South Africa

South Africa

GroundUp: Thousands in #FeesMustFall march on Parliament

Violence broke out just before a march by protesting students to Parliament was about to end on Wednesday. By Ashleigh Furlong for GROUNDUP.

First published by GroundUp

Several thousand students marched through the Cape Town CBD on Wednesday to demand “free decolonised education”. Just as the march was set to end and disperse, violence broke out, bringing chaos to the Cape Town CBD.

Earlier the Minister of Finance, Pravin Gordhan, had heard and signed the students’ memo, before announcing in his budget speech to Parliament that an additional R17-billion would be made available to tertiary institutions over the next three years. R9-billion of this is for the “National Student Financial Aid Scheme over the period ahead, raising its funding by over 18% a year”. And over R8-billion is “to meet the costs of fee increases for students from households with incomes up to R600,000”.

Protesters carry a ‘coffin’ for Blade Nzimande. This was burnt and thrown at police. Photo: Ashraf Hendricks

The trigger for the violence was a symbolic cardboard coffin with a picture of Minister of Higher Education and Training, Blade Nzimande, attached to it. After speeches by students outside Parliament came to an end, protesters set the “coffin” alight and then hurled it towards the police. The heavily armed police responded with stun grenades, causing the students to scatter. The police then moved towards the students, some of whom threw rocks at the police who were detonating stun grenades.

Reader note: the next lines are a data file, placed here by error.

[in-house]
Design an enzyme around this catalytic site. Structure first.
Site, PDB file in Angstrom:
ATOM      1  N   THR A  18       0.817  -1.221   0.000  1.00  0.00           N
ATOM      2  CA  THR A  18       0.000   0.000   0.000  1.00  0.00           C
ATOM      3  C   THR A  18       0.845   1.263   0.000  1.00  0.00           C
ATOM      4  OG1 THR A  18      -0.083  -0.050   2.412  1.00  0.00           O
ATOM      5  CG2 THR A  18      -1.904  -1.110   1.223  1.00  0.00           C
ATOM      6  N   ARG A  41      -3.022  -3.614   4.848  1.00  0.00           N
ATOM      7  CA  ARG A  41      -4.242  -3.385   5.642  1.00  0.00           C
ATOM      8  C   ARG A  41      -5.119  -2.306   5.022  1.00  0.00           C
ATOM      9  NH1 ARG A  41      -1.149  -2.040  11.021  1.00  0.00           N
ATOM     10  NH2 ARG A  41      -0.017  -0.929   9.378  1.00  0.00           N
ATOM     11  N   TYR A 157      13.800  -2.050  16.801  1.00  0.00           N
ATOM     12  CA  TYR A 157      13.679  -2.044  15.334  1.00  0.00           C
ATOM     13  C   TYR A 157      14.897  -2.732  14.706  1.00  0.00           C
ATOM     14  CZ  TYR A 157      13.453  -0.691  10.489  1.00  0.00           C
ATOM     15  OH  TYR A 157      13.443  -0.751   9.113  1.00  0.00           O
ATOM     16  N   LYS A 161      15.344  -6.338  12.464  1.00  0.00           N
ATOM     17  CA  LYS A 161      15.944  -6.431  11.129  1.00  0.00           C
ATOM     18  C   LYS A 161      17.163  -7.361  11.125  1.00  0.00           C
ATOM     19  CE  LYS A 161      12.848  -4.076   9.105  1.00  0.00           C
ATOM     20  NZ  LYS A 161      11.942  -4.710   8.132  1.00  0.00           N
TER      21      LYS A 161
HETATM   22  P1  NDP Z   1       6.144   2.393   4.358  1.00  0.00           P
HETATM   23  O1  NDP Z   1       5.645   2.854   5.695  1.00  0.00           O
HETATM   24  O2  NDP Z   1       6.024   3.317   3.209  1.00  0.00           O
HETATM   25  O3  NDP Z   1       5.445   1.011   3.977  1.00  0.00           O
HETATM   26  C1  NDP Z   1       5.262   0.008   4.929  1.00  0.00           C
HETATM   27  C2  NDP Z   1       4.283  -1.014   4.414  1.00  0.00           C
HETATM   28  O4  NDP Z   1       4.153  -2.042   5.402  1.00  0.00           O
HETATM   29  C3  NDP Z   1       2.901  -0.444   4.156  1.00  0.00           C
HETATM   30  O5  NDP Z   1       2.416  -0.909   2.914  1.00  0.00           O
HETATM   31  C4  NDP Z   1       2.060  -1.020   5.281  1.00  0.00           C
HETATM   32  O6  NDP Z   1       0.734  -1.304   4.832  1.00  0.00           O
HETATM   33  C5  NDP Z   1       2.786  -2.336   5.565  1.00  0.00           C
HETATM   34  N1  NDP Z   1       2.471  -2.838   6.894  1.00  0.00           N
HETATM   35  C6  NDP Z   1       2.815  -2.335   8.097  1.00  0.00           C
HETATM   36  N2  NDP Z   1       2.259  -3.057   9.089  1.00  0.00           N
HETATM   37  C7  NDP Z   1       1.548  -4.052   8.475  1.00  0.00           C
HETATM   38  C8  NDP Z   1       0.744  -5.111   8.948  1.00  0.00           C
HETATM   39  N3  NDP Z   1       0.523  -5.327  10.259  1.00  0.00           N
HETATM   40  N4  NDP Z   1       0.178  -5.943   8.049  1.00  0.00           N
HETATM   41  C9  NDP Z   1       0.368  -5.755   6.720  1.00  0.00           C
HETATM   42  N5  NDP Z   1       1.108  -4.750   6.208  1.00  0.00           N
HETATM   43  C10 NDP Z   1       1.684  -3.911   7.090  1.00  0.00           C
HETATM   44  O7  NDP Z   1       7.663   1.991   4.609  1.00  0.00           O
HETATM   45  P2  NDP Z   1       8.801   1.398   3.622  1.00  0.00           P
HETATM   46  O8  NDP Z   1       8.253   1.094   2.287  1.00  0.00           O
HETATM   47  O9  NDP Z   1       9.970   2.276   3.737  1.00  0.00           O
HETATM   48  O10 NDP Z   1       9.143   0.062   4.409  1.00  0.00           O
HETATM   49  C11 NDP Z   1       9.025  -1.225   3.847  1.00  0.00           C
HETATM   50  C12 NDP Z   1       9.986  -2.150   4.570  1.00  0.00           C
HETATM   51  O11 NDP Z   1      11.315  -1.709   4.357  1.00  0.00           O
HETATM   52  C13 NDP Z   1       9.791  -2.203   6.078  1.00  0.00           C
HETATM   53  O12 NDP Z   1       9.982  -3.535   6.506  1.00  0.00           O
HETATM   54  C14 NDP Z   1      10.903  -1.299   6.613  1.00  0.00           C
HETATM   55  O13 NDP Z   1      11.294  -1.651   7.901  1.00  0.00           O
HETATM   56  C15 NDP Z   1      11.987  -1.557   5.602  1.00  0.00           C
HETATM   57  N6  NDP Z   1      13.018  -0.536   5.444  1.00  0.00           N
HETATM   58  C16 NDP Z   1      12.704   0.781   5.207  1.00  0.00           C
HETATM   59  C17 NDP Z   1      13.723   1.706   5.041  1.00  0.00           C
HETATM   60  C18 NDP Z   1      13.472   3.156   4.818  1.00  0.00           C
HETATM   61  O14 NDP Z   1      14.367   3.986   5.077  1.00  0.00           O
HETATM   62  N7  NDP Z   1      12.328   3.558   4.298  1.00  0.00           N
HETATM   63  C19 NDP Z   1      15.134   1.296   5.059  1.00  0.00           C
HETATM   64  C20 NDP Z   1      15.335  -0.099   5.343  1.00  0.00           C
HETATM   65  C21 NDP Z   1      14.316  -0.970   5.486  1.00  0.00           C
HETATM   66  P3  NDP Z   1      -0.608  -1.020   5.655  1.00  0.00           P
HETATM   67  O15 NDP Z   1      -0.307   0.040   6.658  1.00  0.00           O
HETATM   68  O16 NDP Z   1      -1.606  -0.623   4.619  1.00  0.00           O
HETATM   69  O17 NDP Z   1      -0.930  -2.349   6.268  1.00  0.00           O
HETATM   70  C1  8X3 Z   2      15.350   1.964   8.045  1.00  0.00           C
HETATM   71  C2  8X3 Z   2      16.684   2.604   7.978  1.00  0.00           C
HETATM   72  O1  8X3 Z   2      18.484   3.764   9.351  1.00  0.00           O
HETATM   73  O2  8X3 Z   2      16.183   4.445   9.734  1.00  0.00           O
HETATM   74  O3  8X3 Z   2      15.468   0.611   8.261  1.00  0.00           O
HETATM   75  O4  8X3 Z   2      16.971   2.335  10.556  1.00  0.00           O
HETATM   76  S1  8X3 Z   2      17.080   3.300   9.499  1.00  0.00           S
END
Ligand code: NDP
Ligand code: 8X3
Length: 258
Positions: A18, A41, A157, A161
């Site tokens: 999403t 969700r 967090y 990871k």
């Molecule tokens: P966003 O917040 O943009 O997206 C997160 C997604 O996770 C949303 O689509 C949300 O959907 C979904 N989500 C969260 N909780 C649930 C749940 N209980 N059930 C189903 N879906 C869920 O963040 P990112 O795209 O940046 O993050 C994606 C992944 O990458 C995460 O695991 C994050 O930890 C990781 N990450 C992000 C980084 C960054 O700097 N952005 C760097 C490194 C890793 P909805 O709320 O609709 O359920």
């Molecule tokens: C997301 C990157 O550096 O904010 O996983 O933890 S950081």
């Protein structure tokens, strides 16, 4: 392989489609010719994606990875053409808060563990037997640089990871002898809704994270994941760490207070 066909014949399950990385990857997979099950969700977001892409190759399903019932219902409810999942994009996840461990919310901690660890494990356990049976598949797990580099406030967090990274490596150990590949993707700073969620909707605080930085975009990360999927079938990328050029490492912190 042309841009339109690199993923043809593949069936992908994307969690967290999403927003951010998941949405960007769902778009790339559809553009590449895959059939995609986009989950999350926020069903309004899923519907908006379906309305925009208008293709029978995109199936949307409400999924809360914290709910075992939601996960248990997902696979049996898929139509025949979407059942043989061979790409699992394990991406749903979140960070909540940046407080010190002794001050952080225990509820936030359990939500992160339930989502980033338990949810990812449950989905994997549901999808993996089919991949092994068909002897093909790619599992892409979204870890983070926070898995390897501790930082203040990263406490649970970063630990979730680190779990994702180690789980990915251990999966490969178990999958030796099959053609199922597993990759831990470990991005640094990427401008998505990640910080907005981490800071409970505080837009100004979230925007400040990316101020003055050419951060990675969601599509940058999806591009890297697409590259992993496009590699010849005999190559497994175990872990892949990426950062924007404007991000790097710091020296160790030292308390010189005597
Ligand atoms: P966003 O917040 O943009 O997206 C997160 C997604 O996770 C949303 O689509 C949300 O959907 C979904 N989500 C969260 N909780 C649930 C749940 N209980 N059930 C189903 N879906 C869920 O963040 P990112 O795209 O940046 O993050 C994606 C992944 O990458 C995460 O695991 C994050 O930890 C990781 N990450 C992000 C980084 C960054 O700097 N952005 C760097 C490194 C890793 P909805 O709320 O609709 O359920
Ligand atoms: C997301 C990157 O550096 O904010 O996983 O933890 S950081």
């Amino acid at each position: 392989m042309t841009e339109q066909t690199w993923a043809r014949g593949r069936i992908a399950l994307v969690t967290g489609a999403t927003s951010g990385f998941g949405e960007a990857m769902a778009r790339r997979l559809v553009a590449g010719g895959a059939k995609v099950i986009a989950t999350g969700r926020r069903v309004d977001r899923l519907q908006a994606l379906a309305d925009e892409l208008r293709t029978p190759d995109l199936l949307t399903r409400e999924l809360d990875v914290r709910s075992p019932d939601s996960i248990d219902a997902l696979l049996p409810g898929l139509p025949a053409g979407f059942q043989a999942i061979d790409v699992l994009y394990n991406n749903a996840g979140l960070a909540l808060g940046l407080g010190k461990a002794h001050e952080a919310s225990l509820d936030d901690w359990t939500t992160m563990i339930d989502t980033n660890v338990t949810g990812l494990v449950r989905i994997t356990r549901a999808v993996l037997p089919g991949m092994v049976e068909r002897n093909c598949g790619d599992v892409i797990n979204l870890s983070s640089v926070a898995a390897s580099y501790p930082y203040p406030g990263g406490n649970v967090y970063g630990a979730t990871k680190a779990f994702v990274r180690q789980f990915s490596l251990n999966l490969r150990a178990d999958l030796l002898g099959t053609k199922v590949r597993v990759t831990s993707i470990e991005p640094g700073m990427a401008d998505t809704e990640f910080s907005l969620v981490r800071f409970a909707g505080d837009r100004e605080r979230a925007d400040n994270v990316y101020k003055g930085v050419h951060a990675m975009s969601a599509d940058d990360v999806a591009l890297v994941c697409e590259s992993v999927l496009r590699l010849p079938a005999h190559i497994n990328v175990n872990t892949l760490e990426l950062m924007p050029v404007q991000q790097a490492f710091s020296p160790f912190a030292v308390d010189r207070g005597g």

The protesters then sprinted away from the advancing public order police, with many headed toward the Cape Town station. The police appeared to be the students’ main target, with multiple police vans being attacked with stones. Despite this, rocks were also hurled at bystanders looking through windows as well as cars trying to escape the protesters. Some students who were running from the police shouted at their fellow students to stop throwing these stones. We estimate that only about 100 protesters participated in the violence.

Shops throughout the CBD quickly shut their doors, but some not soon enough, as GroundUp has received an unconfirmed report  that a Clicks store in the Golden Acre was looted, and a confirmed report that a Truworths store in Adderley Street was looted.

We witnessed damage to a bus that was stoned, as well as a McDonald’s restaurant outside the train station.

While police trawled through the city attempting to disperse protesters with stun grenades and rubber bullets, students responded by attempting to block roads with burning rubbish.

After about two hours of mayhem, the situation appeared to calm down, leaving the streets strewn with the aftermath of the protests.

The day had begun on a calmer note, with students from the University of Cape Town (UCT), the Cape Peninsula University of Technology (CPUT), the University of the Western Cape (UWC) and Stellenbosch University all assembling at CPUT Cape Town campus.

The students had received permission to march and marshals were appointed to lead the group to Parliament.

The march to Parliament struck a chord with many students, as a number of them told GroundUp that they had not previously been involved in the student protests but that today they were joining in.

A UCT student told GroundUp that she had previously only attended one student meeting but that she was joining in today because they were “going to the right place”.